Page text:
Using OWASP ZAP to test for CORS origin reflection exploits

posted on 15 June 2020 in infosec

Cross-Origin Resource Sharing (CORS) protects a user from having sensitive information leaked from one site to another. If the browser allowed any cross-domain XHR requests, sites would be able to steal information from other sites that you are logged into by making authenticated requests to them via JavaScript (the target site’s cookies will be sent with the request). But CORS can be easily misconfigured and result in vulnerabilities in your site, one particular misconfiguration is CORS origin reflection, where the Origin request header is processed through a whitelist (or regular expression) on the server and if allowed, is returned in an Access-Control-Allow-Origin: response header. Poor regex can result in allowing unintended domains through.

In this post I’ll walk you through using OWASP ZAP to manually test a list of domain names passed as origins to a webserver, and evaluating whether they are reflected in the allowed CORS domains.

Let’s imagine that a website has been configured to allow CORS requests from https://target.com or any subdomain of target.com. When a request is made to the server like

GET https://auth.target.com/token
Host: https://auth.target.com
Origin: https://app.target.com

Then the webserver may compare the Origin header to a regex like https:\/\/(.*)target.com. If the origin matches the regex then the server returns a CORS header like

Access-Control-Allow-Origin: https://app.target.com

Echoing the same origin back to the browser. But this regex is too permissive. An attacker could register https://eviltarget.com and this would also pass the server check. We’re going to test for overly permissive server checks using OWASP ZAP, a free vulnerability scanner similar to BurpSuite.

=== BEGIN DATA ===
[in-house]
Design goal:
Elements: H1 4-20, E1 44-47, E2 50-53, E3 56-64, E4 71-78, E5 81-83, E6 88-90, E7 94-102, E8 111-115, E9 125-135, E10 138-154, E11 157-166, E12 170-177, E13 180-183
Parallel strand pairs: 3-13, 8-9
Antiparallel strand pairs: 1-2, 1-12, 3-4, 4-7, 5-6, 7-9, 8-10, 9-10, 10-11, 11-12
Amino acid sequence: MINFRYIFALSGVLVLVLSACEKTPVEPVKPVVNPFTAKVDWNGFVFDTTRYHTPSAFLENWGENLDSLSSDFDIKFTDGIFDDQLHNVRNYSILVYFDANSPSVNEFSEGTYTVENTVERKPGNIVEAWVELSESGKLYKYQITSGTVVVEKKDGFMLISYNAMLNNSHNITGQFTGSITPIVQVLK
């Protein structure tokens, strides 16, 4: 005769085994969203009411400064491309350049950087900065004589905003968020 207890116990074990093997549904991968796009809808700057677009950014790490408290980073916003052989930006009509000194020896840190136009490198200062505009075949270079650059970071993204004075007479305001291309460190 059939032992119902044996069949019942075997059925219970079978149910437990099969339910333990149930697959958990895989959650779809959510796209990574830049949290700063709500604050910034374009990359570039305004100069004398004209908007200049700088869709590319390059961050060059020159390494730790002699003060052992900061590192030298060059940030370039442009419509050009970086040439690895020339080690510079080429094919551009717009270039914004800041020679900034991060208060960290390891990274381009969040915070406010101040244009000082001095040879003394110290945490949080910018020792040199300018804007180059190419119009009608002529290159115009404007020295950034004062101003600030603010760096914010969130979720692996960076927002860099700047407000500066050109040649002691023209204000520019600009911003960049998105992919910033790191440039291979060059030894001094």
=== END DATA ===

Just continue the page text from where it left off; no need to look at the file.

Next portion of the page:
Steps to test for CORS origin reflection

Assuming you’ve configured a browser to proxy requests through OWASP ZAP, fire up ZAP, launch your browser and make a request to the target site.

In OWASP ZAP, find the request you want to test, either within the Site tree or in the History tab, right click on it and select Attack > Fuzz…

This will open the Fuzzer dialog. The first thing we want to do is provide a list of origin payloads and where to inject them.

On Fuzz Locations tab, highlight the Origin header where you want to inject different origin payloads.

OWASP ZAP Fuzz Dialog

On the right hand pane, under Fuzz Locations, click Add.

On the Payloads dialog, click Add.

On the Add Payload dialog, select the Type: String and enter the origins you want to test.

OWASP ZAP Add Fuzz Locations Dialog

Now we want to add a message processor to flag when we see an origin reflected in the CORS header.

Click the Message Processors tab and click Add.

Select Type: Tag Creator and choose the Extract option.

In the Regex, enter: Access-Control-Allow-Origin:(.*)

OWASP ZAP Fuzzer Tag Creator

Finally, click Start Fuzzer. You should see the results in the State column of the Fuzzer tab in the bottom panel.

OWASP ZAP Fuzzer Results